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Doug's Disneyland Collection
Page 1 of 1

by Doug Marsh (archives)
January 30, 2003
Doug shows Bank of America memorabilia.

Bank of America Money Order


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Disneyland was conceived as more than just an amusement park. Walt Disney strongly felt that fantasy worked best when rooted in reality. As a consequence his Main Street USA was not just an exercise in nostalgia. Although it was designed to usher people into realms of fantasy and adventure, it was also a place where familiar sights brought a level of comfort.

Among those sights were all the types of shops and businesses one would expect to find in a small town at the turn-of-the-century. Among them were a butcher shop, drug store, ice cream parlor, and, anchoring one side of town square, a bank. This was not just any bank-it was a genuine branch of the Bank of America. Walt was quite familiar with the B of A, as they had financed important advances at Walt Disney Productions from the studio's earliest years. Indeed, timely assistance from the bank had ensured that "Snow White and the Seven Dwarfsā€? was completed in 1937.


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This branch offered all the services one would expect from a powerful lending institution. Tellers were standing by to change currency, cash checks, open accounts, and even take deposits. Colorful souvenir brochures also offered one of the first over all maps of the park, with a key to attractions.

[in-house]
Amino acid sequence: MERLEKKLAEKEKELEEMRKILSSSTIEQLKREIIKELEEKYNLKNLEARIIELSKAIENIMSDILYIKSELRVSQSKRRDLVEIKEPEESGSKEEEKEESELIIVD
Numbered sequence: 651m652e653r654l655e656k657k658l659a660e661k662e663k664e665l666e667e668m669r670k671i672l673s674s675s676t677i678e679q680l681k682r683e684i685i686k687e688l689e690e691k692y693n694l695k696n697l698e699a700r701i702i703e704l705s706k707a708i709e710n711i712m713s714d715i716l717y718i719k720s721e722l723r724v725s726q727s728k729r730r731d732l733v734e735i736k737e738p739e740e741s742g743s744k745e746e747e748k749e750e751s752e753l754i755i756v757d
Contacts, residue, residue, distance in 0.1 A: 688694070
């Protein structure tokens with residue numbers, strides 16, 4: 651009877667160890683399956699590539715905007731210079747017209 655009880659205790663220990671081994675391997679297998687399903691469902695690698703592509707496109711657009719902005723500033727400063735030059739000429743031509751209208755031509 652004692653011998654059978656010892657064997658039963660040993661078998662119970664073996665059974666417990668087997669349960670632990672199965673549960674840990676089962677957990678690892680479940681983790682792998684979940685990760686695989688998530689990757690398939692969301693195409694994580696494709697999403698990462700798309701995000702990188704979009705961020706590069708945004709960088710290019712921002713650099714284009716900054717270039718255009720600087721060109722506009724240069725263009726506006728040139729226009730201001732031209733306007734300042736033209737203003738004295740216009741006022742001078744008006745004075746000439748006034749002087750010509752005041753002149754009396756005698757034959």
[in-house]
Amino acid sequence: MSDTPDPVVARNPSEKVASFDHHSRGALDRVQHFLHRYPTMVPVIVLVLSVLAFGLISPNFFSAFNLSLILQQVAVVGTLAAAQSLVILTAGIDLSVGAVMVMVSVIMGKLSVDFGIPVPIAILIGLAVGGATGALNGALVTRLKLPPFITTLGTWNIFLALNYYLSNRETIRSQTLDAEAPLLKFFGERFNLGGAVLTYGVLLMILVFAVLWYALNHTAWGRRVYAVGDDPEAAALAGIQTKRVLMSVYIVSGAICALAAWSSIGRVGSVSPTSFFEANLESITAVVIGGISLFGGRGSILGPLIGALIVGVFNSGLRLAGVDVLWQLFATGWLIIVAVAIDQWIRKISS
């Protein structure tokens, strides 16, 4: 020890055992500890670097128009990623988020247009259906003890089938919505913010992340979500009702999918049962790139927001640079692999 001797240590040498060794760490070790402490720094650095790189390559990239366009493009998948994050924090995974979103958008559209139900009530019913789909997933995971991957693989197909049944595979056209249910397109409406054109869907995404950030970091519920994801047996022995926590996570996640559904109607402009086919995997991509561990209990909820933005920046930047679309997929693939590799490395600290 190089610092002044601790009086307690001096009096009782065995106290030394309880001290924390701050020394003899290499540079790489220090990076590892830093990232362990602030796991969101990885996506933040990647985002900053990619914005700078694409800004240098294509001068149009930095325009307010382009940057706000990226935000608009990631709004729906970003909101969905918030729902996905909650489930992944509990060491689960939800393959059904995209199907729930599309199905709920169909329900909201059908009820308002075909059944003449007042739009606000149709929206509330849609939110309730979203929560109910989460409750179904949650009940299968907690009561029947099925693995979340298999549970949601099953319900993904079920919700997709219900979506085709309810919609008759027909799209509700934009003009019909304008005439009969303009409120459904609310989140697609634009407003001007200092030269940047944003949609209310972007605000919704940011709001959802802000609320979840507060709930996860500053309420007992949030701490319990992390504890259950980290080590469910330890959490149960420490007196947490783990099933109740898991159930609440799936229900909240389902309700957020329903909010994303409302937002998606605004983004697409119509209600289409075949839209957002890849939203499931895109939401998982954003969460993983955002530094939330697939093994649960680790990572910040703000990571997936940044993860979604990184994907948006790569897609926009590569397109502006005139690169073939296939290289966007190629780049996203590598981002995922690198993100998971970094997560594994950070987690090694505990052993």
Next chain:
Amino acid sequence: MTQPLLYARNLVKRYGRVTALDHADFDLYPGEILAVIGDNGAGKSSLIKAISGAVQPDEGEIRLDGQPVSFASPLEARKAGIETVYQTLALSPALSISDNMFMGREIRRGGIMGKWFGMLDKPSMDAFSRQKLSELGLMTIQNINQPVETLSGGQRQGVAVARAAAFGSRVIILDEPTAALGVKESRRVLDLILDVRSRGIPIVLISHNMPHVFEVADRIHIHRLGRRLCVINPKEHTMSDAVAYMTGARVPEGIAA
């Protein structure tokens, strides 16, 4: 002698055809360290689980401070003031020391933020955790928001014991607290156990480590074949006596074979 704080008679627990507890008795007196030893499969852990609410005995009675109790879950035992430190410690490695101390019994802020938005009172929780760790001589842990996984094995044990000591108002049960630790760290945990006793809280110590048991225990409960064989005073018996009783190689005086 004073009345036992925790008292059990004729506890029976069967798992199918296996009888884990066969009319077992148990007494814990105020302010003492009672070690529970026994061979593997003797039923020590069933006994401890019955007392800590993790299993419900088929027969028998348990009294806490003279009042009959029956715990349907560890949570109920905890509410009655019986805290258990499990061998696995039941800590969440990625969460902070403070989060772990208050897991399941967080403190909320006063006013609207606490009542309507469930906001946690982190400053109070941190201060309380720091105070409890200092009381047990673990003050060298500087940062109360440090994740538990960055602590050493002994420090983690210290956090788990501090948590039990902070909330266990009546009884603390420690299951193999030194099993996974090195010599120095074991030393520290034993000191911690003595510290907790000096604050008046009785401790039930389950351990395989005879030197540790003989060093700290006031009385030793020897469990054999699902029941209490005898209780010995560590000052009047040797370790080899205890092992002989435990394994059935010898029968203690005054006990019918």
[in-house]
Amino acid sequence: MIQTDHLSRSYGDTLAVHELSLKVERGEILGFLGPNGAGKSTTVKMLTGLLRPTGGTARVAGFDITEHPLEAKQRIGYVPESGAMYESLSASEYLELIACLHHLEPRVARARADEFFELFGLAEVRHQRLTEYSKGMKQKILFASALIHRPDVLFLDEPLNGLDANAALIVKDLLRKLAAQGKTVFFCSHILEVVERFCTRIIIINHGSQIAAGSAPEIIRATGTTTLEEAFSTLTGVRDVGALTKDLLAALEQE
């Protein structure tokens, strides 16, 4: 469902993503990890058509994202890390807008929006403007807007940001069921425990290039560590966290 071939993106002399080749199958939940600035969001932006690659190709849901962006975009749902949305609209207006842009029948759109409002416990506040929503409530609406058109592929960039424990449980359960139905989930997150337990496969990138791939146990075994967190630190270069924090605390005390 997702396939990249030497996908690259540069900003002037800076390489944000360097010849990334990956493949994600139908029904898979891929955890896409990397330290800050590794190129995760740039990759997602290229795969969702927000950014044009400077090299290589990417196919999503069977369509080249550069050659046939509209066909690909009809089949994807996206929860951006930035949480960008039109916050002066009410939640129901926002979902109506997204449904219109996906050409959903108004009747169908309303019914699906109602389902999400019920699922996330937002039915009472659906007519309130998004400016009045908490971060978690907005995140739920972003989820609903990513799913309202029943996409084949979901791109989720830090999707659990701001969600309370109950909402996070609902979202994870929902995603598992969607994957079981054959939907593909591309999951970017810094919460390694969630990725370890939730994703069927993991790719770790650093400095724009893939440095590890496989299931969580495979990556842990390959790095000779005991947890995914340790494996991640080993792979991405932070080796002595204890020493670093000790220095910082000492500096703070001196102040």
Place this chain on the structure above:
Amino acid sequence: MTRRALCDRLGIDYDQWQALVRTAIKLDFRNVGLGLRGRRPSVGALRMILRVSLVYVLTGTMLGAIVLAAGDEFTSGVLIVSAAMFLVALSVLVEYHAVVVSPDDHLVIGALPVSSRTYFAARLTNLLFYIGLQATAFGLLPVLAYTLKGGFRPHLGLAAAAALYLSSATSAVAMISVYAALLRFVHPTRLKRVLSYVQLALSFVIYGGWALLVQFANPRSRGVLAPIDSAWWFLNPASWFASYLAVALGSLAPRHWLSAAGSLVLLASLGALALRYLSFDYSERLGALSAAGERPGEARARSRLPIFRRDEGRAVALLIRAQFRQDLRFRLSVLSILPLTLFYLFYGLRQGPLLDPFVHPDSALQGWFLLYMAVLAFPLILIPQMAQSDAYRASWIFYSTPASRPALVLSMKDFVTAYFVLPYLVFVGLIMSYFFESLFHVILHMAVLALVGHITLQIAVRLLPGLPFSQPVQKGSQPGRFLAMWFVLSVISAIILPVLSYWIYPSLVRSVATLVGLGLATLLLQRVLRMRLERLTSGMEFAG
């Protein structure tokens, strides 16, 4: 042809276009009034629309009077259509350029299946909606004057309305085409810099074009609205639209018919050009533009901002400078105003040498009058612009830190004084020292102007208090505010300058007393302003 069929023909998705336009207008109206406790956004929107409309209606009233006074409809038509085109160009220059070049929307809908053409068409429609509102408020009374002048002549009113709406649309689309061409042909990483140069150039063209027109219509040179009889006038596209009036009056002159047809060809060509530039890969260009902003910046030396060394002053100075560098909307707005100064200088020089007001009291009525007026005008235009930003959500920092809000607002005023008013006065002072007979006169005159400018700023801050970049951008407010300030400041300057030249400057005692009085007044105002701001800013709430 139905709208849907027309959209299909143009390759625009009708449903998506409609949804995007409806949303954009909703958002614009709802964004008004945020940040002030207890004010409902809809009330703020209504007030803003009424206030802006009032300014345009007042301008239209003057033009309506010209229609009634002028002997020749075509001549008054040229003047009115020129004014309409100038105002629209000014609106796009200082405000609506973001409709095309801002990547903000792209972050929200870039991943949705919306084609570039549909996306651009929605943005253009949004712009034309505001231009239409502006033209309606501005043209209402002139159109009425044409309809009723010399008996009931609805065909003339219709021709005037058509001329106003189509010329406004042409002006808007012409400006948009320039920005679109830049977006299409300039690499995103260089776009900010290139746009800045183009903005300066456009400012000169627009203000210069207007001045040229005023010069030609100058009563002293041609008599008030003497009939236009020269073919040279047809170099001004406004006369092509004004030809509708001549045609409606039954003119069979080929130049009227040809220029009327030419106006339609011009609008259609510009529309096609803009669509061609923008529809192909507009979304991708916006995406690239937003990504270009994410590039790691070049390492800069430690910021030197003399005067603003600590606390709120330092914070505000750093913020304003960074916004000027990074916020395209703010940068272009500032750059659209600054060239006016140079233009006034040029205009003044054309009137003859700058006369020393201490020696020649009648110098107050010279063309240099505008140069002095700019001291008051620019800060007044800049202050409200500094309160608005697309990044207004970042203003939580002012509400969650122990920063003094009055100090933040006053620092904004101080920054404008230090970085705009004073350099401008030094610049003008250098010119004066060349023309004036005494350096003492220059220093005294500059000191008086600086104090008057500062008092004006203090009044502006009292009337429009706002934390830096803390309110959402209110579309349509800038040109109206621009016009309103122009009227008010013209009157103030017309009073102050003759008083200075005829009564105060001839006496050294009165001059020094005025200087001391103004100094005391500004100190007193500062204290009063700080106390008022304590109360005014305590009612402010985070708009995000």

Also illustrated inside the brochure were special Bank of America money orders, a souvenir of Disneyland.


>Click here for a much bigger version of this picture

The money orders were available in three denominations, with colorful designs reflecting their very special status. The one dollar check was illustrated with a line drawing of the Disneyland Railroad engine number one. The five was illustrated with the faƧade of the bank itself, and the ten with the steamboat Mark Twain. These were, of course, bona fide checks, and were therefore produced with great care

Because these were legitimate money orders, almost all of them were eventually redeemed for cash. As a consequence very few were saved. That these were not viewed as just another souvenir is testament to Walt's desire to make Disneyland more than just a run-of-the-mill amusement park.

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-- Doug Marsh

Doug Marsh has been collecting Disneyland memorabilia for many years. He has given presentations to the NFFC's Orange County Chapter, as well as at the National Convention. He hopes that people will enjoy learning a little bit about Disneyland, and these souvenirs, in this column.

Doug's Disneyland Collection is not posted on a regular schedule

The opinions expressed by Doug Marsh, and all of our columnists, do not necessarily represent the feelings of LaughingPlace.com or any of its employees or advertisers. All speculation and rumors about the future plans of the Walt Disney Company are just that - speculation and rumors - and should be treated as such.

-- Posted January 30, 2003

 

 

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